STANDARDS

Standard concentrations are approximately: naphthalene 4 ng/ul, phenanthrene 2 ng/ul, and benzo[a]pyrene 0.3 ng/ul. Standards are prepared in methanol under yellow lights and stored at 20 C in amber vials.

CALIBRATION

Three calibration standards are analyzed at the beginning of each sample run and must agree within an RSD of plus/minus 10% before proceeding. During the sample run standards will comprise at least 10% of the run and must agree within an RSD of 10% of the mean calibration value.

REFERENCE BILE

A reference bile (provided by Dr. Margaret Krahn) is analyzed and reported for each sample run and must have an RSD of no more than plus/minus 15% of the previous value and not exceed an RSD of plus/minus 25% for each batch.

REFERENCES

1. Krahn, M.M., M.S. Meyers, D.G. Burrows, and D.C. Malins. 1984.
Determination of metabolites in zenobiotics in bile of fish from
polluted water ways. Zenobiotica 14:633-646.

2. Krahn, M.M., L.K. Moore, and W.D. MacLeod, Jr. 1986. Standard
analytical procedures of the NOAA National Analytical Facility,
1986: Metabolites of aromatic compounds in fish bile. NOAA Tech.
Memo. NMFS F/NWC-102.

3. Krahn, M.M., L.D. Rhode, M.S. Myers, L.K. Moore, W.D. MacLeod, Jr.,
and D.C. Malins. 1986. Association between metabolites of
aromatic compounds in bile and the occurrence of hepatic lesions in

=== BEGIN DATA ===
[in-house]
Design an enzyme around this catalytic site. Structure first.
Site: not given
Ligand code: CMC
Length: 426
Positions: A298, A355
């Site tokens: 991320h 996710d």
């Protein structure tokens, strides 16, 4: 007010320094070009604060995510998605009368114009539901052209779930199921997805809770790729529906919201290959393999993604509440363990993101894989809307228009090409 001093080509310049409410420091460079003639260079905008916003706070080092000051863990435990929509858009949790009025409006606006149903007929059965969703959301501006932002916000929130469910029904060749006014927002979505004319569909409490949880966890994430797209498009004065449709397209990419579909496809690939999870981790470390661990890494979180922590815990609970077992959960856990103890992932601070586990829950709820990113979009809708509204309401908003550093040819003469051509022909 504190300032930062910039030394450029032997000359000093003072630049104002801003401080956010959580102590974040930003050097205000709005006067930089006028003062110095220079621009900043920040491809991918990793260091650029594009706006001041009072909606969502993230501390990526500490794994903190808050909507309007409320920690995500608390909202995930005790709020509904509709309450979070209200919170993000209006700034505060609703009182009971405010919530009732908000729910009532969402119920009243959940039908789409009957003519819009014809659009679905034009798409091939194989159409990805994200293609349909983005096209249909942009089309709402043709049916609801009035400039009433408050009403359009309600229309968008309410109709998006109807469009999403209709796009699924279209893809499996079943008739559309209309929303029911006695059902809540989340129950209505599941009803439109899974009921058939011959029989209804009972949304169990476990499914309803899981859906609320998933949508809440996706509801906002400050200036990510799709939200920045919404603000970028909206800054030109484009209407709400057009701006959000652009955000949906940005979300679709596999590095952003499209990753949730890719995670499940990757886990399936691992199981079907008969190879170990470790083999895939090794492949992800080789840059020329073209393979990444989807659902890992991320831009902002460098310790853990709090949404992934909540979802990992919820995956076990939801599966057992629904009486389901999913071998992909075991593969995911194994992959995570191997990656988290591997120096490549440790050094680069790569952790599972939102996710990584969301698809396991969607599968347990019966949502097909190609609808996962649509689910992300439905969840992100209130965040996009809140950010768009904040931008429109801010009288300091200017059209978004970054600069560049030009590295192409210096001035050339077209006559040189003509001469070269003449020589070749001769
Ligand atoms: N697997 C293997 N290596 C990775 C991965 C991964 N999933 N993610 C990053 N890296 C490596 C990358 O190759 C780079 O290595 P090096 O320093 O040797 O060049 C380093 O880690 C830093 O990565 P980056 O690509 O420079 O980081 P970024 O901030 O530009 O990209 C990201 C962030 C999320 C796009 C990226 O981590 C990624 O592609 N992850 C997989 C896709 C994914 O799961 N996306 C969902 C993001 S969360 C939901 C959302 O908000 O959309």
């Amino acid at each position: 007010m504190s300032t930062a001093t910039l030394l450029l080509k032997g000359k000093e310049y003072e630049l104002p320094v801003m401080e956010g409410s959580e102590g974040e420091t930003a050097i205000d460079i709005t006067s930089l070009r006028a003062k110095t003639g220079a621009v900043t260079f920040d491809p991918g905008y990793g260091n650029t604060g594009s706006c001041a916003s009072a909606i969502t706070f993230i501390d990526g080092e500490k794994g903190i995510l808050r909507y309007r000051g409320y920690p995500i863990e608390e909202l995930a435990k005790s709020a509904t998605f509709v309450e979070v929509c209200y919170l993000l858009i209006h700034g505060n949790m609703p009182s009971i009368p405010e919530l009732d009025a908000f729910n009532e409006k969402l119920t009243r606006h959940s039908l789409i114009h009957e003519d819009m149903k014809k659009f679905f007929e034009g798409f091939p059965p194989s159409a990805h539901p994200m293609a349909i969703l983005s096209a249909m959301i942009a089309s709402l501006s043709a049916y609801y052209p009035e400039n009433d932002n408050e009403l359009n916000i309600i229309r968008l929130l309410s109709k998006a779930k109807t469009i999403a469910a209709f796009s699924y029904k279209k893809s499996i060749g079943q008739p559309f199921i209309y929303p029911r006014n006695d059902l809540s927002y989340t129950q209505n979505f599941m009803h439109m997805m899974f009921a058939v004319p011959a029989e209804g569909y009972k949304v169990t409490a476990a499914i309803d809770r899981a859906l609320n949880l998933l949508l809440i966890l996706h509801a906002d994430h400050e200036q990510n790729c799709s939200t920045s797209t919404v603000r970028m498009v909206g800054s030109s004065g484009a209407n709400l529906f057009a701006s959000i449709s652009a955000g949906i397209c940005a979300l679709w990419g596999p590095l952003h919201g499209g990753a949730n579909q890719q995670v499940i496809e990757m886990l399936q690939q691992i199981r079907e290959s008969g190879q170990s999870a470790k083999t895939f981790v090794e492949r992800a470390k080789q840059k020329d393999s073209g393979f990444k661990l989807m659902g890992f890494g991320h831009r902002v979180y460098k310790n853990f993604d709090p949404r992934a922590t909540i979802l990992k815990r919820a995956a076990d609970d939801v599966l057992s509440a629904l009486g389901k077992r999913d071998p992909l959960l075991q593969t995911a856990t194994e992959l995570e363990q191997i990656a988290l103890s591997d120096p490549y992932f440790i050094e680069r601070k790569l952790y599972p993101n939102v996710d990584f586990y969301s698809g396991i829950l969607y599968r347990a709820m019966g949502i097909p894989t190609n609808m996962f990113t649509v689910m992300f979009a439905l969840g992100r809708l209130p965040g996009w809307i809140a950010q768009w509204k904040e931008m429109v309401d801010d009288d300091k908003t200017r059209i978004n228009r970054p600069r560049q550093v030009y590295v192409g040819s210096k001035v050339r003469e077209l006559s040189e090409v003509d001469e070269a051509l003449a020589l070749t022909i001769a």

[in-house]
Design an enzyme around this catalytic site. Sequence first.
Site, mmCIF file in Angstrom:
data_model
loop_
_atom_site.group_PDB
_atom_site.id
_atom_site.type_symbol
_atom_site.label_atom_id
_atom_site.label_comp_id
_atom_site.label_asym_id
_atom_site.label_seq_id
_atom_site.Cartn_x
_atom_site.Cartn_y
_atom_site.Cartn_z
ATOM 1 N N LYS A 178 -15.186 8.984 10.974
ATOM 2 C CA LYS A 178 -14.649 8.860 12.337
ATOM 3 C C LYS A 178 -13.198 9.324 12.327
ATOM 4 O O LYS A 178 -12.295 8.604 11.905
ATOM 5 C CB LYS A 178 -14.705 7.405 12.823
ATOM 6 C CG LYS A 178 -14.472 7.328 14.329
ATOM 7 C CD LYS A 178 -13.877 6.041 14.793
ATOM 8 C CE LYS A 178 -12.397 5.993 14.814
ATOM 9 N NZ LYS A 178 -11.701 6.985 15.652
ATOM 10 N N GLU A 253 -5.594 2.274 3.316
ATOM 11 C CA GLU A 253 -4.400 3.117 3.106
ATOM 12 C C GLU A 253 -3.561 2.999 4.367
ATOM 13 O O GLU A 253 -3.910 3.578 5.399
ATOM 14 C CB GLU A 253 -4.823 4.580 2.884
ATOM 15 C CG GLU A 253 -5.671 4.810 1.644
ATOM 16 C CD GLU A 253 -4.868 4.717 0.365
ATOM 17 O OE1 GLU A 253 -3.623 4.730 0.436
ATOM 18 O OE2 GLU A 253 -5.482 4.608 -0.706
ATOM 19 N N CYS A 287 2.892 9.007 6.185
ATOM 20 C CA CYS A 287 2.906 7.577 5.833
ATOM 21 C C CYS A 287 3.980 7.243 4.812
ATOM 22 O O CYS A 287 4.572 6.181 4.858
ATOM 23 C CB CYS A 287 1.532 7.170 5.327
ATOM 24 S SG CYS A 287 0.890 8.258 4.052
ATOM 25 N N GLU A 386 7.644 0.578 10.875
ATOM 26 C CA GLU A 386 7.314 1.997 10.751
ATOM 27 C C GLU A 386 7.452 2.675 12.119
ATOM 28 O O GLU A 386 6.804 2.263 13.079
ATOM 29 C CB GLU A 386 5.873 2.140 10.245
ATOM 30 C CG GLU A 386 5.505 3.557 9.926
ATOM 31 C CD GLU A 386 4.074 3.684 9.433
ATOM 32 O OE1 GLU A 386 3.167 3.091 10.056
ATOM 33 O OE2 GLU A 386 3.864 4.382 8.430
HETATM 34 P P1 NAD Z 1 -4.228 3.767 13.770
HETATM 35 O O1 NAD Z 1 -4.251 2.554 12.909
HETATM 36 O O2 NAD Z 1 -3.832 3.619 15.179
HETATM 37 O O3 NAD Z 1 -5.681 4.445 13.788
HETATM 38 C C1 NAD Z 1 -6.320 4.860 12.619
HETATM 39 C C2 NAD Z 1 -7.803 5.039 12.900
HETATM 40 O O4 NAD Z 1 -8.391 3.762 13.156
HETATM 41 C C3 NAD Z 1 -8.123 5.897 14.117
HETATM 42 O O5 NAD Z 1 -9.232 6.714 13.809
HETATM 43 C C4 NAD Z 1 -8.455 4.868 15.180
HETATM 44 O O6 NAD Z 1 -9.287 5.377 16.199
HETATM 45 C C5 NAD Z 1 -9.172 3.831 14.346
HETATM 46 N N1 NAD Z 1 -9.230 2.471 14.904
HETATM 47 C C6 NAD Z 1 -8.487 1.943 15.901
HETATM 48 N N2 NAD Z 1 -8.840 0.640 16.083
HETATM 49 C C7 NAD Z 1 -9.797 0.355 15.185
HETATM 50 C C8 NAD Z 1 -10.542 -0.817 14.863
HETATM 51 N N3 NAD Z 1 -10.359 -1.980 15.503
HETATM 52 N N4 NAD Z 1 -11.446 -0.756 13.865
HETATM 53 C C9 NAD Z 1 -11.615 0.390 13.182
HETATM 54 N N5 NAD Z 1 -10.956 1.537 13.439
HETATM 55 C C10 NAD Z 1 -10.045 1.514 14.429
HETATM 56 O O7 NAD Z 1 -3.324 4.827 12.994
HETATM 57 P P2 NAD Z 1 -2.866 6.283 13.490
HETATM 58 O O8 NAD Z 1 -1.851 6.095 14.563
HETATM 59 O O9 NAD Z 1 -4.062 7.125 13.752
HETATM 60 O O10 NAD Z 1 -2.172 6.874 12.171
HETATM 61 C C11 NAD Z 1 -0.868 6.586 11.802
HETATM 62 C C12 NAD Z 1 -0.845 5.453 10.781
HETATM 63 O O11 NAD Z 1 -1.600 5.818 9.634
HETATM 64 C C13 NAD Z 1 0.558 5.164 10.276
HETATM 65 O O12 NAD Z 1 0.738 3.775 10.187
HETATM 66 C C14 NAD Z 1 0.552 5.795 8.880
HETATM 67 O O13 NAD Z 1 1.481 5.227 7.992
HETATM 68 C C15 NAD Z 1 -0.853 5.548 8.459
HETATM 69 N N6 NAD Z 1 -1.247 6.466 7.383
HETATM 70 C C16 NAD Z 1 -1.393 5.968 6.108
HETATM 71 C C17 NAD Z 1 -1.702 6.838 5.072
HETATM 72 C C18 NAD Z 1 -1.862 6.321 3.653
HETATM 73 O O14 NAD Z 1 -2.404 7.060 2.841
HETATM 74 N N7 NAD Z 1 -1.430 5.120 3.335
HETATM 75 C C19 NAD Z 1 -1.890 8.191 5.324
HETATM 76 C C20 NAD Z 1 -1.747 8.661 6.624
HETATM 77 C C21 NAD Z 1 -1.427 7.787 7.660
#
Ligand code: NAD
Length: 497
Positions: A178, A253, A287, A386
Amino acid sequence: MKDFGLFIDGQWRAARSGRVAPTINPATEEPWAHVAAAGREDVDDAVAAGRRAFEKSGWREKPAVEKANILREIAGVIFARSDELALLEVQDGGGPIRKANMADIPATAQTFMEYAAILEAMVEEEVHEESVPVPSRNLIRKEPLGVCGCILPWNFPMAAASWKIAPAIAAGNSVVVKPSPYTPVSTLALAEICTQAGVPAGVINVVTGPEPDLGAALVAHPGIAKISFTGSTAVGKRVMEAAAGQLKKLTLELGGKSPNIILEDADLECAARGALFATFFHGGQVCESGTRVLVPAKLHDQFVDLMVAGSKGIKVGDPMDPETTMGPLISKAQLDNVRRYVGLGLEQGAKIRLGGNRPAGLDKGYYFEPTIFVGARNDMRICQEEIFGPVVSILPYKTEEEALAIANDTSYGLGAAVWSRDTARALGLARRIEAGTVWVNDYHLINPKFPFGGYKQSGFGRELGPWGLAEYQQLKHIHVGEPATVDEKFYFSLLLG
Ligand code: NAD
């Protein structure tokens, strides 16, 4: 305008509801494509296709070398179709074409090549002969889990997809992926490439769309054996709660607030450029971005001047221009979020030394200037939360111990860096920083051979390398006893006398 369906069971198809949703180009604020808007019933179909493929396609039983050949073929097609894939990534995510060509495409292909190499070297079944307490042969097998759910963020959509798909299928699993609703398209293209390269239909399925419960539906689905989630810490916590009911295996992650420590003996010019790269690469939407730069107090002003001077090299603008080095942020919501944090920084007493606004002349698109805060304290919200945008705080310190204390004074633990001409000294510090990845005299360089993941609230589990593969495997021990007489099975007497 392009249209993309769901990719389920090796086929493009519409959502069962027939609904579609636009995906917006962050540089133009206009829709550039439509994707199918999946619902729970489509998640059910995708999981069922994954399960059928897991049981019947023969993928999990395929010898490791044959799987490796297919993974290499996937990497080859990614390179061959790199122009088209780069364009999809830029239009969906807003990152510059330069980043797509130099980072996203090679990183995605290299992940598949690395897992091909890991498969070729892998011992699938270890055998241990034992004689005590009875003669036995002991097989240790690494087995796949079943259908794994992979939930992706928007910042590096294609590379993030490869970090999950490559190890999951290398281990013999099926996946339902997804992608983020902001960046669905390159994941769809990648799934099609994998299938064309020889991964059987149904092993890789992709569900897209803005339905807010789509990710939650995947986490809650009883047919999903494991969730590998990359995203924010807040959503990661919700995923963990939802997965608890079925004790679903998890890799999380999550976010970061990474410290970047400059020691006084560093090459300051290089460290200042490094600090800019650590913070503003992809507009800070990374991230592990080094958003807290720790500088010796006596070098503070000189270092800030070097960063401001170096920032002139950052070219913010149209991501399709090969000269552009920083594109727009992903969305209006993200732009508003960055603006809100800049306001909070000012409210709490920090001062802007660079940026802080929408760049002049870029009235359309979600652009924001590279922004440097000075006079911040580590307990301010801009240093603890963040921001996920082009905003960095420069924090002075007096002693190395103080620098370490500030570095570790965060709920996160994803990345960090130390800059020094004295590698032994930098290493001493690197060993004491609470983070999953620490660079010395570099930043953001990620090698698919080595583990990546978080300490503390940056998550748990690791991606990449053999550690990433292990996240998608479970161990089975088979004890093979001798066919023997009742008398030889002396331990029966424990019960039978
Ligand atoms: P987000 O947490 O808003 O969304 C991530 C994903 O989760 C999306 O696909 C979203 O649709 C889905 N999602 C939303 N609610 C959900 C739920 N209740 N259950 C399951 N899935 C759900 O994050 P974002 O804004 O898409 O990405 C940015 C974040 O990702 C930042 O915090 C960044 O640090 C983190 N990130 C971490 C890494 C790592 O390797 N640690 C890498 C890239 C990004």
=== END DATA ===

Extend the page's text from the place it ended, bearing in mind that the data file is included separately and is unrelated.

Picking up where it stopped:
English sole (Parophrys vefulus) from Puget Sound, Washington.
Arch. Environ. Contamin. Toxicol. 15:61-67.

Back to the Top Back to the Top Arrow


Lab Name: Geochemical & Environmental Research Group, Texas A&M                     Method Code 006

Grain Size

A small aliquot of sediment is treated with 30% hydrogen peroxide to remove organic coating from grains. A dispersing agent is then added to the sample. The sand/mud fractions are then separated using a 63 micron sieve. The sand fraction (>63 microns) is retained on the screen and the mud fraction (silt and clay <63 microns) is washed into a 1 (one) liter volumetric cylinder. The sand fraction is dried, sieved on a 63 micron screen and weighed. The sediment which passes through the screen a second time is added to the 1 liter cylinder. The mud fraction is analyzed by stirring the cylinder and sampling 20 ml aliquots at 4 and 8 phi intervals. The 4 and 8 phi samples are dried and weighed. The % sand, silt, and clay fractions are determined on a dry weight basis.

Back to the Top Back to the Top Arrow